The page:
And we have a good laugh about how mean we get. That’s great. That’s fabulous. A brick and mortar. Number one. Yeah. Very little. This was this guy’s, Candace, cause I, I bought this on Kickstarter. I think this is this guy’s only game. Like he made one game. Yeah, I think so. And yeah, I bought my copy directly from his publishing company’s website.
You can’t maybe OctoGiraffe or something. Yeah, something like that. But it’s well put for a guy with one game. It’s really nice art. The rules are, are well presented. Like I was impressed. Yeah. Great guy. I love that pick. What’s our number four? Okay, so now I’m curious to know if you’ve played this one, but number four is hegemony lead your class to victory I have not but this is interesting because now we’re into class warfare Yeah, so this is an asymmetric political economic card driven game that basically puts players into you know the role of one of the Four main socioeconomic groups, and it’s, it’s not historically based, it’s fictional, but uh, one player will be the working class, another player will be the middle class, another player will be the capitalist class, and the other player is going to be the state, or kind of like the, the government.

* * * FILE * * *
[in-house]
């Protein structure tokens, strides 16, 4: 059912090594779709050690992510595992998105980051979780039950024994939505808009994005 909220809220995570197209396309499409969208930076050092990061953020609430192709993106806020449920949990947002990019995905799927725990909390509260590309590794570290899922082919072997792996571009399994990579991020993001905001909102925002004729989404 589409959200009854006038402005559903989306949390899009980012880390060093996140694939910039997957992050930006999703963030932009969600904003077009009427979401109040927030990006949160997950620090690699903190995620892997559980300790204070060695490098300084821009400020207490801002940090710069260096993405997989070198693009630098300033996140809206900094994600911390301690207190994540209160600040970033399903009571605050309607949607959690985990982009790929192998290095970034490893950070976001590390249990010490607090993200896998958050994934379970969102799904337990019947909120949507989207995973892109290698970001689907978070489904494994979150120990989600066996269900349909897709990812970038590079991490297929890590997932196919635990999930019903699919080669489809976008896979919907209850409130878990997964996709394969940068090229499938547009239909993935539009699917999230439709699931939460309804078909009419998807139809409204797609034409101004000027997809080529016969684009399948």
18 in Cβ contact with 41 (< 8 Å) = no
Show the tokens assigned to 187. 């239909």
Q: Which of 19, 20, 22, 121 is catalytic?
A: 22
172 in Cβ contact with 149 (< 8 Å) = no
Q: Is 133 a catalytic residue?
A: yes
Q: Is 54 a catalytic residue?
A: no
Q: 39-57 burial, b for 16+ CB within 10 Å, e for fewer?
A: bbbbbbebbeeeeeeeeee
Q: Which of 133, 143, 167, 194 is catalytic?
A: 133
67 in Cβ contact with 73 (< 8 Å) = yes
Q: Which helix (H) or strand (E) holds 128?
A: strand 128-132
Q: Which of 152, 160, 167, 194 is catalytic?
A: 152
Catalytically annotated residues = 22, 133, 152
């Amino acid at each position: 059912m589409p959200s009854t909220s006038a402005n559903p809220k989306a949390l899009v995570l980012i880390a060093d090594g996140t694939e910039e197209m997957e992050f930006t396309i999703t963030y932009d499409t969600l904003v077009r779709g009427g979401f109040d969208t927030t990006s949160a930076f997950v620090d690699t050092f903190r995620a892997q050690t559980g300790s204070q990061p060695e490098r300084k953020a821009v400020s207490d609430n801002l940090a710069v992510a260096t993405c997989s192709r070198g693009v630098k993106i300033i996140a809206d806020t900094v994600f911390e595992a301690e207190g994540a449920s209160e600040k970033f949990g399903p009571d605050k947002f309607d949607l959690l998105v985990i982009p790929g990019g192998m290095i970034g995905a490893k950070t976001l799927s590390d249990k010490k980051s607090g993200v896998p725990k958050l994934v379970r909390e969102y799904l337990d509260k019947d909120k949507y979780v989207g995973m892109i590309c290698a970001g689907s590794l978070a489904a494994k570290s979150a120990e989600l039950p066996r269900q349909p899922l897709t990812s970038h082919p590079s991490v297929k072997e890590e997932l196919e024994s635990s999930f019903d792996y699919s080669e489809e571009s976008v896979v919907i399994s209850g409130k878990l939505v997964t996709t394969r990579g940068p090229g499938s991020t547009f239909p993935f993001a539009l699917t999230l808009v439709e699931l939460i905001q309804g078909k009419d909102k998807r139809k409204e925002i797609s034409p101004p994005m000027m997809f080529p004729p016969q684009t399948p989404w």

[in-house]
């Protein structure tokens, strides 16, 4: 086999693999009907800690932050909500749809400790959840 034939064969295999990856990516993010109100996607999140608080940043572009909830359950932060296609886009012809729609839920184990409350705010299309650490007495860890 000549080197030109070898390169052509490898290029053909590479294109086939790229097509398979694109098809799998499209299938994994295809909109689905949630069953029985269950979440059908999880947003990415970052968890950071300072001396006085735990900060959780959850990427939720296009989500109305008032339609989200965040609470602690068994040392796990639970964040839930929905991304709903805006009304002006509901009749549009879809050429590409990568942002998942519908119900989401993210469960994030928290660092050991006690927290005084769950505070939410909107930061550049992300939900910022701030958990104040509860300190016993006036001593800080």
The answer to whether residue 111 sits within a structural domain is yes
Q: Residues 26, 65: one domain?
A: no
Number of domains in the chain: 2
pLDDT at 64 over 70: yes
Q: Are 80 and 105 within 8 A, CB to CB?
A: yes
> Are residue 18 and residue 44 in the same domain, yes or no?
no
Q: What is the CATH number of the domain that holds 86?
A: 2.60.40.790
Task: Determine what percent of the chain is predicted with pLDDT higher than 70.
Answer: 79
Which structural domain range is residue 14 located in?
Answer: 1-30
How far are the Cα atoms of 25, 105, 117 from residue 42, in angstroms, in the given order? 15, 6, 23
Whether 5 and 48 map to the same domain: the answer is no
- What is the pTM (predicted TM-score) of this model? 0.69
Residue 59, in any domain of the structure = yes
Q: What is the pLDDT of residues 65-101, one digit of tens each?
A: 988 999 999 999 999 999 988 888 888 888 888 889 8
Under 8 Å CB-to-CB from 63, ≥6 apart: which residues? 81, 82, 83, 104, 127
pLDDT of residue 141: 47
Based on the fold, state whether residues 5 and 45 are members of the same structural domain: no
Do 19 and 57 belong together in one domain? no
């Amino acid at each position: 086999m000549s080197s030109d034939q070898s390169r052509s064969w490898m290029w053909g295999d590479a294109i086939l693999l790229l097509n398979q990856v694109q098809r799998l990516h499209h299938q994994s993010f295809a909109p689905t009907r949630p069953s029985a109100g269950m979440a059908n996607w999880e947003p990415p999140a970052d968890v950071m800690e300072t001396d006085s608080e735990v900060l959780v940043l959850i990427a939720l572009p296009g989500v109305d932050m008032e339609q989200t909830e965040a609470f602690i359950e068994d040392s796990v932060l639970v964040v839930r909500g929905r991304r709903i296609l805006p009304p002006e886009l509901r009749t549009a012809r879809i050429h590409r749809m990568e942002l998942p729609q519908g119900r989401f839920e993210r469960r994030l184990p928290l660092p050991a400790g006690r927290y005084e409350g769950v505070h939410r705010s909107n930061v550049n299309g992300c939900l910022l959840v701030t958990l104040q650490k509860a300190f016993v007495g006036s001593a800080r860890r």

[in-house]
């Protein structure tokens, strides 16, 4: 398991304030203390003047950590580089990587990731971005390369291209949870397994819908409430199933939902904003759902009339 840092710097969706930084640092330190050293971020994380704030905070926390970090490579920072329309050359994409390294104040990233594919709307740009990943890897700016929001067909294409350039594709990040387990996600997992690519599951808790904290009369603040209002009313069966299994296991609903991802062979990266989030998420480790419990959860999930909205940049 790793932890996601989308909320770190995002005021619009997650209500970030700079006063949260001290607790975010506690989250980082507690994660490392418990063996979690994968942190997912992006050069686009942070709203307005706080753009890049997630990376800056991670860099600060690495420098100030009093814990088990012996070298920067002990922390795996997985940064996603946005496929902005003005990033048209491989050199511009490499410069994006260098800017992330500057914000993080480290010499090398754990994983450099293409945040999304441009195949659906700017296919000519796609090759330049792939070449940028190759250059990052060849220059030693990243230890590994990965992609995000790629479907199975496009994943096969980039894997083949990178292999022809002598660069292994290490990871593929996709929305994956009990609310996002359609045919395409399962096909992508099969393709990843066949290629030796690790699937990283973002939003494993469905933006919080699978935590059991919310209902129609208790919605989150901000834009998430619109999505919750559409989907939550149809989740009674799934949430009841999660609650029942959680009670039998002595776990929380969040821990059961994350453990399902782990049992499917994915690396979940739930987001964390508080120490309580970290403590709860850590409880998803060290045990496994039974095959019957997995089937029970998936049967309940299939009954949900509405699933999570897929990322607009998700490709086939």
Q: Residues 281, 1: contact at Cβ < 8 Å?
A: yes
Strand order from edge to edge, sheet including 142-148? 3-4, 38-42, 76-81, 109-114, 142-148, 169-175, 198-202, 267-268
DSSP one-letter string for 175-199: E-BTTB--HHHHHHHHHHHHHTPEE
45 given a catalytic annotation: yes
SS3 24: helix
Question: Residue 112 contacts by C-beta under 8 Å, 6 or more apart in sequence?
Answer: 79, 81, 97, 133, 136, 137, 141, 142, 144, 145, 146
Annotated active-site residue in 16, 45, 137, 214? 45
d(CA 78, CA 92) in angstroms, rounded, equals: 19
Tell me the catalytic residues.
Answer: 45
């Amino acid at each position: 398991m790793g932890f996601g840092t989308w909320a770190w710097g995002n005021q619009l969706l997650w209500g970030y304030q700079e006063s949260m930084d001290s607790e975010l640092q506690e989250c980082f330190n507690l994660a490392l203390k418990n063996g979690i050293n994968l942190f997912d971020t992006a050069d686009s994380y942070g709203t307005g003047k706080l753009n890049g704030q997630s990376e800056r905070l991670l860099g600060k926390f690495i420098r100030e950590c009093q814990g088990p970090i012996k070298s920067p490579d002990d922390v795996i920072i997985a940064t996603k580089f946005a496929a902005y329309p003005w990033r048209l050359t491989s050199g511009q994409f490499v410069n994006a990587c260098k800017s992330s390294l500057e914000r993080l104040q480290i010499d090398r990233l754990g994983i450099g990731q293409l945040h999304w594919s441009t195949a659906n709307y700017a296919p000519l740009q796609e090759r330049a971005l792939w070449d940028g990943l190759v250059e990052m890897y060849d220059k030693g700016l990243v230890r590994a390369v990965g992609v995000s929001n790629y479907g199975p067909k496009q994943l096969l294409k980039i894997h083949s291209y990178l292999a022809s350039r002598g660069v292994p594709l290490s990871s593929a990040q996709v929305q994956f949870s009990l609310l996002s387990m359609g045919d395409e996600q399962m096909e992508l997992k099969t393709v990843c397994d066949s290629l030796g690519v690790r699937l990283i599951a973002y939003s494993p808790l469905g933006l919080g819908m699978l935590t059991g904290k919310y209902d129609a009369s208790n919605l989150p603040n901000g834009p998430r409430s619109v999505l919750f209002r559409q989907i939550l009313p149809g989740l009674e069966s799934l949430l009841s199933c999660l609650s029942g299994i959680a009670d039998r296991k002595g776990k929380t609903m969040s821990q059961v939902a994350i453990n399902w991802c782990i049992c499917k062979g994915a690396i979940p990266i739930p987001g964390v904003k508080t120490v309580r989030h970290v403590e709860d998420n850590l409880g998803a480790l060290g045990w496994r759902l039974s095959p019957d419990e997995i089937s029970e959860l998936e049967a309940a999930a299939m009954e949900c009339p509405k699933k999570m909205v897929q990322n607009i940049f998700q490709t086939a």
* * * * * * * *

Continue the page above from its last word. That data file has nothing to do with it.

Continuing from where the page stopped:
You know, that’s assuming you’re playing with four players. I have actually never played it with less than four players, but some people say it’s cool with three, and I don’t know how it goes with two, but, um, if you play with all four, everybody, you know, gets their role, and everybody has their own, like, deck of cards that ha and they their own little menu of actions they can take, for example, the working class player, Manages skilled and unskilled worker population, and you’re trying to make sure they have food, and all of their needs are met, and you want to provide health care, education, luxuries, and you know, so everybody has their own victory, kind of like the way they score points that’s Related to their role in the game.
Then you have like the capitalist player who can build and run companies like they’re I think two different sized companies if I recall and, uh, you’re trying to hire workers and produce goods and services and then sell goods for a profit to increase your revenue and turn it into capital. Uh, then you have the middle class, who kind of combines elements from both the working class and the capitalist class, and it has, um, workers that can work in the capitalist companies, um, but it can also, the middle class can run their own companies.
And you’re trying to find this balance of producing, selling, and consuming to cover all your workers needs. And then the state is just trying to keep everyone happy and provide benefits and subsidies and trying to maintain a steady economy through taxes and avoiding debt. Oh my goodness! Well, not debt, card debts, but…